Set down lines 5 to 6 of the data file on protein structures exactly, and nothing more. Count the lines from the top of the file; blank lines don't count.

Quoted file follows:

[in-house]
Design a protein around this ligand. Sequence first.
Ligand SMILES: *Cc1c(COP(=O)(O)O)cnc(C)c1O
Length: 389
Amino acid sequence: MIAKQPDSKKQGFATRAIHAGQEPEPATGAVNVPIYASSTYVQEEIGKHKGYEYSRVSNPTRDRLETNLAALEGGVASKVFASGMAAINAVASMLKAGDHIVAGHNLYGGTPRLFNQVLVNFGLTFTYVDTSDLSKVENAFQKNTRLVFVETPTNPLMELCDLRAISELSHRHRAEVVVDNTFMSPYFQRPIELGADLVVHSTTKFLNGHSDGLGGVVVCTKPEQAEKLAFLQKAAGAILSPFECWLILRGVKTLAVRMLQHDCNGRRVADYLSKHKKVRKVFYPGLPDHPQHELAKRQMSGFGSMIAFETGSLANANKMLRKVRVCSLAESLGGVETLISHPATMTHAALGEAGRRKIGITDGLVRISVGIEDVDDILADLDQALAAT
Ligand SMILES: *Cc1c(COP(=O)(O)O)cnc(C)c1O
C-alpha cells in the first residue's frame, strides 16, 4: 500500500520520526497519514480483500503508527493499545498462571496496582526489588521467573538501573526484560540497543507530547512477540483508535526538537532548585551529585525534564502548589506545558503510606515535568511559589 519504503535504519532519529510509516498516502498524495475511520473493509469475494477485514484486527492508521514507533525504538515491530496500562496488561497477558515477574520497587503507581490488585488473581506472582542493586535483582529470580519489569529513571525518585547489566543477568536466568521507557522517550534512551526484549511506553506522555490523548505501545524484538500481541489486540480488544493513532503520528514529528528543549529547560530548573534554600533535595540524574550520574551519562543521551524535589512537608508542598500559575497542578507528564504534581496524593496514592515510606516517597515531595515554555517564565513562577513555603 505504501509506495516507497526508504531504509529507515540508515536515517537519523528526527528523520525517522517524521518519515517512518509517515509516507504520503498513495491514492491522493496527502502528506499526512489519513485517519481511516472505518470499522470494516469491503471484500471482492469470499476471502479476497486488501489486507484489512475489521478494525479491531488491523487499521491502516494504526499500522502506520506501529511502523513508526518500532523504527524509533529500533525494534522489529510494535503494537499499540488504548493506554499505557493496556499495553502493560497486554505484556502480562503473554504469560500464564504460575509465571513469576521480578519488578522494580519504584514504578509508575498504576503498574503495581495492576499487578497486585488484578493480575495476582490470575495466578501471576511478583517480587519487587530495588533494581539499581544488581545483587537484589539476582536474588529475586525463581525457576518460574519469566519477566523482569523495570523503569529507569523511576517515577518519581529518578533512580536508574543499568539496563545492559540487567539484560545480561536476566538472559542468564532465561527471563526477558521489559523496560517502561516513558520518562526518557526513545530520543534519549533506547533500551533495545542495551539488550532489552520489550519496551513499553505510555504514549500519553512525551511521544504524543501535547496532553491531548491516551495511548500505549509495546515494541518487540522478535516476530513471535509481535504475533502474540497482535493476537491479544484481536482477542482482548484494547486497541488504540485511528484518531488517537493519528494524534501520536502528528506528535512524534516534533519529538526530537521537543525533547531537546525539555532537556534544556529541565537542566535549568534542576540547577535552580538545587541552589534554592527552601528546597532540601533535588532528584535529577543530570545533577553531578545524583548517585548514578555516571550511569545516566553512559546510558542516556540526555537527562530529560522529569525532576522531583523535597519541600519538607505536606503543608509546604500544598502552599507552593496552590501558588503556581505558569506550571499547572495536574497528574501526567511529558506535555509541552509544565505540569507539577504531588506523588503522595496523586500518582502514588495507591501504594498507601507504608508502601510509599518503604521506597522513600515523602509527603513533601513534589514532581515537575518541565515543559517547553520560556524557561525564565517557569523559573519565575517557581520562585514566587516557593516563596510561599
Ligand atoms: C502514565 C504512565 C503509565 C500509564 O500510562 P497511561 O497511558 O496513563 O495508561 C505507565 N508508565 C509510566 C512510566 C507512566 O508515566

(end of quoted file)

Amino acid sequence: MIAKQPDSKKQGFATRAIHAGQEPEPATGAVNVPIYASSTYVQEEIGKHKGYEYSRVSNPTRDRLETNLAALEGGVASKVFASGMAAINAVASMLKAGDHIVAGHNLYGGTPRLFNQVLVNFGLTFTYVDTSDLSKVENAFQKNTRLVFVETPTNPLMELCDLRAISELSHRHRAEVVVDNTFMSPYFQRPIELGADLVVHSTTKFLNGHSDGLGGVVVCTKPEQAEKLAFLQKAAGAILSPFECWLILRGVKTLAVRMLQHDCNGRRVADYLSKHKKVRKVFYPGLPDHPQHELAKRQMSGFGSMIAFETGSLANANKMLRKVRVCSLAESLGGVETLISHPATMTHAALGEAGRRKIGITDGLVRISVGIEDVDDILADLDQALAAT
Ligand SMILES: *Cc1c(COP(=O)(O)O)cnc(C)c1O